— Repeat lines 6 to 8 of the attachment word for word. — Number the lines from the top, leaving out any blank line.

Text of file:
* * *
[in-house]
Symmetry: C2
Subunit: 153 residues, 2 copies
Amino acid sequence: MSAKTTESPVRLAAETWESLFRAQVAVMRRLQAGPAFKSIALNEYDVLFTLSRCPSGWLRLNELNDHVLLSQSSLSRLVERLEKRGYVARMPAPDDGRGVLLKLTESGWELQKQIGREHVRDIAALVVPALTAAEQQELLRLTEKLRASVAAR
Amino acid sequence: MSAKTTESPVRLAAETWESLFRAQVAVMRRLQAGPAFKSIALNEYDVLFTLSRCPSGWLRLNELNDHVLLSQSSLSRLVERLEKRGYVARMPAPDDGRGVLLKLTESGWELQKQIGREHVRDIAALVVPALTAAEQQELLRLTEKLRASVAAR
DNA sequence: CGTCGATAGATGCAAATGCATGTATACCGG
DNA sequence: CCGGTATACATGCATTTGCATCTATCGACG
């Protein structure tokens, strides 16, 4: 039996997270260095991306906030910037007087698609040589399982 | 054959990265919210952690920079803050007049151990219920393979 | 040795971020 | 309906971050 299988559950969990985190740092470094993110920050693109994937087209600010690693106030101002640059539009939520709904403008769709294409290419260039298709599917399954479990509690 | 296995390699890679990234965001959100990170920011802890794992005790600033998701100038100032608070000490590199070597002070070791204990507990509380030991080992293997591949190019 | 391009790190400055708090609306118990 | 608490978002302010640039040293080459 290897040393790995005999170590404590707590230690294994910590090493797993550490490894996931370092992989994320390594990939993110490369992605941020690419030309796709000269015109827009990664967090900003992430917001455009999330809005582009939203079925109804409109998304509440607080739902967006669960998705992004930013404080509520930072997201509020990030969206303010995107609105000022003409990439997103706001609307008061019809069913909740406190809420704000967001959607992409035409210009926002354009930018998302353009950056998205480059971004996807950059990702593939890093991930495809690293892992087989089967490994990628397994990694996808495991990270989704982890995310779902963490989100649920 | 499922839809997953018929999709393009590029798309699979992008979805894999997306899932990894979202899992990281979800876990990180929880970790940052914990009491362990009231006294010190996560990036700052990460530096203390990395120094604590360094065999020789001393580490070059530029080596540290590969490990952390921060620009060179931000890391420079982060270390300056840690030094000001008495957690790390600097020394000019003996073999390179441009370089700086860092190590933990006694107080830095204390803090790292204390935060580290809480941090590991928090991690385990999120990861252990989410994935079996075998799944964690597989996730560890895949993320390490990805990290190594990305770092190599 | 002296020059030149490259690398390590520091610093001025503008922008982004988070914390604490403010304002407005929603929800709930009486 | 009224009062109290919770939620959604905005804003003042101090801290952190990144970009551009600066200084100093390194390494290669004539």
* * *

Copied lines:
DNA sequence: CGTCGATAGATGCAAATGCATGTATACCGG
DNA sequence: CCGGTATACATGCATTTGCATCTATCGACG
């Protein structure tokens, strides 16, 4: 039996997270260095991306906030910037007087698609040589399982 | 054959990265919210952690920079803050007049151990219920393979 | 040795971020 | 309906971050 299988559950969990985190740092470094993110920050693109994937087209600010690693106030101002640059539009939520709904403008769709294409290419260039298709599917399954479990509690 | 296995390699890679990234965001959100990170920011802890794992005790600033998701100038100032608070000490590199070597002070070791204990507990509380030991080992293997591949190019 | 391009790190400055708090609306118990 | 608490978002302010640039040293080459 290897040393790995005999170590404590707590230690294994910590090493797993550490490894996931370092992989994320390594990939993110490369992605941020690419030309796709000269015109827009990664967090900003992430917001455009999330809005582009939203079925109804409109998304509440607080739902967006669960998705992004930013404080509520930072997201509020990030969206303010995107609105000022003409990439997103706001609307008061019809069913909740406190809420704000967001959607992409035409210009926002354009930018998302353009950056998205480059971004996807950059990702593939890093991930495809690293892992087989089967490994990628397994990694996808495991990270989704982890995310779902963490989100649920 | 499922839809997953018929999709393009590029798309699979992008979805894999997306899932990894979202899992990281979800876990990180929880970790940052914990009491362990009231006294010190996560990036700052990460530096203390990395120094604590360094065999020789001393580490070059530029080596540290590969490990952390921060620009060179931000890391420079982060270390300056840690030094000001008495957690790390600097020394000019003996073999390179441009370089700086860092190590933990006694107080830095204390803090790292204390935060580290809480941090590991928090991690385990999120990861252990989410994935079996075998799944964690597989996730560890895949993320390490990805990290190594990305770092190599 | 002296020059030149490259690398390590520091610093001025503008922008982004988070914390604490403010304002407005929603929800709930009486 | 009224009062109290919770939620959604905005804003003042101090801290952190990144970009551009600066200084100093390194390494290669004539």